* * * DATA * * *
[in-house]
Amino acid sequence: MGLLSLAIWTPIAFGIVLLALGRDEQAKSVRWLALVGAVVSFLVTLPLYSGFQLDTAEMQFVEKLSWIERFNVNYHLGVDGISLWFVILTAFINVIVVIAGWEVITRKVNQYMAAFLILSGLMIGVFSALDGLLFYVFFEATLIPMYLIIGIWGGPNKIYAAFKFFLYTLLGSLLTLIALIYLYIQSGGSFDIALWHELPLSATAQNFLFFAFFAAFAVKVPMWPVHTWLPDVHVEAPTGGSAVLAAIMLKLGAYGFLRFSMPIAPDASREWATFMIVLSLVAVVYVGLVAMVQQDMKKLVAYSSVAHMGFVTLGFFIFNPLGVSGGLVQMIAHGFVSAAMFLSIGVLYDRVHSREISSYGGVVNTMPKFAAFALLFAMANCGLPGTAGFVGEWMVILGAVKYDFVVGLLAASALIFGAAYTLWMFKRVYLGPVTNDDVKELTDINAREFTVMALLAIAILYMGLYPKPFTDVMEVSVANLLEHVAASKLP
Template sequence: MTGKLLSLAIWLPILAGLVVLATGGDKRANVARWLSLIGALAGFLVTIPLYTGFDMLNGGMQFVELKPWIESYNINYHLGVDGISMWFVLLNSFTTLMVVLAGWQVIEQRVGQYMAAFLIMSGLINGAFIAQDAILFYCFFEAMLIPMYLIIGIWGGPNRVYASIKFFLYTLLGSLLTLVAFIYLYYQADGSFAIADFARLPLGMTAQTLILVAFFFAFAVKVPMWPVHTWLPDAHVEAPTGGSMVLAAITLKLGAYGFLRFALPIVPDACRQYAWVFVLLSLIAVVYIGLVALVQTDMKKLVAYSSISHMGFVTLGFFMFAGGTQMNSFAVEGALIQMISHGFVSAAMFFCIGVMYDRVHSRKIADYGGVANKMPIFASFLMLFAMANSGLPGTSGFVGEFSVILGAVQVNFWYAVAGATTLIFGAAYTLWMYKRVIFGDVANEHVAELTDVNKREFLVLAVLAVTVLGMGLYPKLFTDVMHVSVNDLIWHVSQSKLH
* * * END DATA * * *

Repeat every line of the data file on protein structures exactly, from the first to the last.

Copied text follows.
[in-house]
Amino acid sequence: MGLLSLAIWTPIAFGIVLLALGRDEQAKSVRWLALVGAVVSFLVTLPLYSGFQLDTAEMQFVEKLSWIERFNVNYHLGVDGISLWFVILTAFINVIVVIAGWEVITRKVNQYMAAFLILSGLMIGVFSALDGLLFYVFFEATLIPMYLIIGIWGGPNKIYAAFKFFLYTLLGSLLTLIALIYLYIQSGGSFDIALWHELPLSATAQNFLFFAFFAAFAVKVPMWPVHTWLPDVHVEAPTGGSAVLAAIMLKLGAYGFLRFSMPIAPDASREWATFMIVLSLVAVVYVGLVAMVQQDMKKLVAYSSVAHMGFVTLGFFIFNPLGVSGGLVQMIAHGFVSAAMFLSIGVLYDRVHSREISSYGGVVNTMPKFAAFALLFAMANCGLPGTAGFVGEWMVILGAVKYDFVVGLLAASALIFGAAYTLWMFKRVYLGPVTNDDVKELTDINAREFTVMALLAIAILYMGLYPKPFTDVMEVSVANLLEHVAASKLP
Template sequence: MTGKLLSLAIWLPILAGLVVLATGGDKRANVARWLSLIGALAGFLVTIPLYTGFDMLNGGMQFVELKPWIESYNINYHLGVDGISMWFVLLNSFTTLMVVLAGWQVIEQRVGQYMAAFLIMSGLINGAFIAQDAILFYCFFEAMLIPMYLIIGIWGGPNRVYASIKFFLYTLLGSLLTLVAFIYLYYQADGSFAIADFARLPLGMTAQTLILVAFFFAFAVKVPMWPVHTWLPDAHVEAPTGGSMVLAAITLKLGAYGFLRFALPIVPDACRQYAWVFVLLSLIAVVYIGLVALVQTDMKKLVAYSSISHMGFVTLGFFMFAGGTQMNSFAVEGALIQMISHGFVSAAMFFCIGVMYDRVHSRKIADYGGVANKMPIFASFLMLFAMANSGLPGTSGFVGEFSVILGAVQVNFWYAVAGATTLIFGAAYTLWMYKRVIFGDVANEHVAELTDVNKREFLVLAVLAVTVLGMGLYPKLFTDVMHVSVNDLIWHVSQSKLH